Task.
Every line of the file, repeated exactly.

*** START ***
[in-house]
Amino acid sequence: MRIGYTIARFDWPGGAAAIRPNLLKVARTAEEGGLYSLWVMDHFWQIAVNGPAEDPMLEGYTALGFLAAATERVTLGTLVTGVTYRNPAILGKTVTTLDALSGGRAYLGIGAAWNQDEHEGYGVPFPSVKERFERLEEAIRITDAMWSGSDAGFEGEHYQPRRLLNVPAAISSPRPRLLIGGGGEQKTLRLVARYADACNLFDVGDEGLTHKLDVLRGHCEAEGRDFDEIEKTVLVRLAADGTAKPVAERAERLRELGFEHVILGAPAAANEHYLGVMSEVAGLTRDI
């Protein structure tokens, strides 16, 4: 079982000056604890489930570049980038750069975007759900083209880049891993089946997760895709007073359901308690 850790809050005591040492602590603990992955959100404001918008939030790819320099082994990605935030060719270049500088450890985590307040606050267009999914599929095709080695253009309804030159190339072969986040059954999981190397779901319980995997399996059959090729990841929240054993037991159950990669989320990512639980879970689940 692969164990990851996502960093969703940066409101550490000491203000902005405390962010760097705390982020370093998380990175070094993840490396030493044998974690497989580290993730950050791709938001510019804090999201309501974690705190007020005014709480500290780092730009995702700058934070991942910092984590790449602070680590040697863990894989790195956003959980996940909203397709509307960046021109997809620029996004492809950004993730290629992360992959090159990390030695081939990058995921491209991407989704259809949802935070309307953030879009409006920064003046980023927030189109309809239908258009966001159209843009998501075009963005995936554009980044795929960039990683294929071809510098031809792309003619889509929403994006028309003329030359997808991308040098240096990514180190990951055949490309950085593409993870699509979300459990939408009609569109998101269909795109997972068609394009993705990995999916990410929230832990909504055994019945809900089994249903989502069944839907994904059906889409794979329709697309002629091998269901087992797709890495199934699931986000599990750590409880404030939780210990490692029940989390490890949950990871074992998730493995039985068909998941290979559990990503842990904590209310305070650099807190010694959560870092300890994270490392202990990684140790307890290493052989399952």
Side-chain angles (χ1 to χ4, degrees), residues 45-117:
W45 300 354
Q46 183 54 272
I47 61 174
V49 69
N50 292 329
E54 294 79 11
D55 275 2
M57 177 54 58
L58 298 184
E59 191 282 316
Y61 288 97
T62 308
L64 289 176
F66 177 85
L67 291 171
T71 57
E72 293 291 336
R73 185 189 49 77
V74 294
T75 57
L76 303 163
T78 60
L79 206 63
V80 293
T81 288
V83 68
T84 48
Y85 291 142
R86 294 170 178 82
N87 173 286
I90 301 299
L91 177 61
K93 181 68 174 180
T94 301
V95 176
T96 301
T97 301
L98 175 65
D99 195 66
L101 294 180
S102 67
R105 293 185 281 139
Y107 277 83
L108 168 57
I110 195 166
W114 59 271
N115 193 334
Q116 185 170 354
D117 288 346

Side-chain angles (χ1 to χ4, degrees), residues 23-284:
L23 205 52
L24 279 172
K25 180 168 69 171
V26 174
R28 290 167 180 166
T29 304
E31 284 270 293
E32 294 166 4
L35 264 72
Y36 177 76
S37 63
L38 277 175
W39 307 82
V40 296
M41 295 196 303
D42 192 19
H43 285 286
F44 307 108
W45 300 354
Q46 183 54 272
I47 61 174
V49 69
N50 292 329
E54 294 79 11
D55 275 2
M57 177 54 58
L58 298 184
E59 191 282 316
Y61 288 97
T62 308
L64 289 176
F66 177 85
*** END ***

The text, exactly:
[in-house]
Amino acid sequence: MRIGYTIARFDWPGGAAAIRPNLLKVARTAEEGGLYSLWVMDHFWQIAVNGPAEDPMLEGYTALGFLAAATERVTLGTLVTGVTYRNPAILGKTVTTLDALSGGRAYLGIGAAWNQDEHEGYGVPFPSVKERFERLEEAIRITDAMWSGSDAGFEGEHYQPRRLLNVPAAISSPRPRLLIGGGGEQKTLRLVARYADACNLFDVGDEGLTHKLDVLRGHCEAEGRDFDEIEKTVLVRLAADGTAKPVAERAERLRELGFEHVILGAPAAANEHYLGVMSEVAGLTRDI
């Protein structure tokens, strides 16, 4: 079982000056604890489930570049980038750069975007759900083209880049891993089946997760895709007073359901308690 850790809050005591040492602590603990992955959100404001918008939030790819320099082994990605935030060719270049500088450890985590307040606050267009999914599929095709080695253009309804030159190339072969986040059954999981190397779901319980995997399996059959090729990841929240054993037991159950990669989320990512639980879970689940 692969164990990851996502960093969703940066409101550490000491203000902005405390962010760097705390982020370093998380990175070094993840490396030493044998974690497989580290993730950050791709938001510019804090999201309501974690705190007020005014709480500290780092730009995702700058934070991942910092984590790449602070680590040697863990894989790195956003959980996940909203397709509307960046021109997809620029996004492809950004993730290629992360992959090159990390030695081939990058995921491209991407989704259809949802935070309307953030879009409006920064003046980023927030189109309809239908258009966001159209843009998501075009963005995936554009980044795929960039990683294929071809510098031809792309003619889509929403994006028309003329030359997808991308040098240096990514180190990951055949490309950085593409993870699509979300459990939408009609569109998101269909795109997972068609394009993705990995999916990410929230832990909504055994019945809900089994249903989502069944839907994904059906889409794979329709697309002629091998269901087992797709890495199934699931986000599990750590409880404030939780210990490692029940989390490890949950990871074992998730493995039985068909998941290979559990990503842990904590209310305070650099807190010694959560870092300890994270490392202990990684140790307890290493052989399952």
Side-chain angles (χ1 to χ4, degrees), residues 45-117:
W45 300 354
Q46 183 54 272
I47 61 174
V49 69
N50 292 329
E54 294 79 11
D55 275 2
M57 177 54 58
L58 298 184
E59 191 282 316
Y61 288 97
T62 308
L64 289 176
F66 177 85
L67 291 171
T71 57
E72 293 291 336
R73 185 189 49 77
V74 294
T75 57
L76 303 163
T78 60
L79 206 63
V80 293
T81 288
V83 68
T84 48
Y85 291 142
R86 294 170 178 82
N87 173 286
I90 301 299
L91 177 61
K93 181 68 174 180
T94 301
V95 176
T96 301
T97 301
L98 175 65
D99 195 66
L101 294 180
S102 67
R105 293 185 281 139
Y107 277 83
L108 168 57
I110 195 166
W114 59 271
N115 193 334
Q116 185 170 354
D117 288 346

Side-chain angles (χ1 to χ4, degrees), residues 23-284:
L23 205 52
L24 279 172
K25 180 168 69 171
V26 174
R28 290 167 180 166
T29 304
E31 284 270 293
E32 294 166 4
L35 264 72
Y36 177 76
S37 63
L38 277 175
W39 307 82
V40 296
M41 295 196 303
D42 192 19
H43 285 286
F44 307 108
W45 300 354
Q46 183 54 272
I47 61 174
V49 69
N50 292 329
E54 294 79 11
D55 275 2
M57 177 54 58
L58 298 184
E59 191 282 316
Y61 288 97
T62 308
L64 289 176
F66 177 85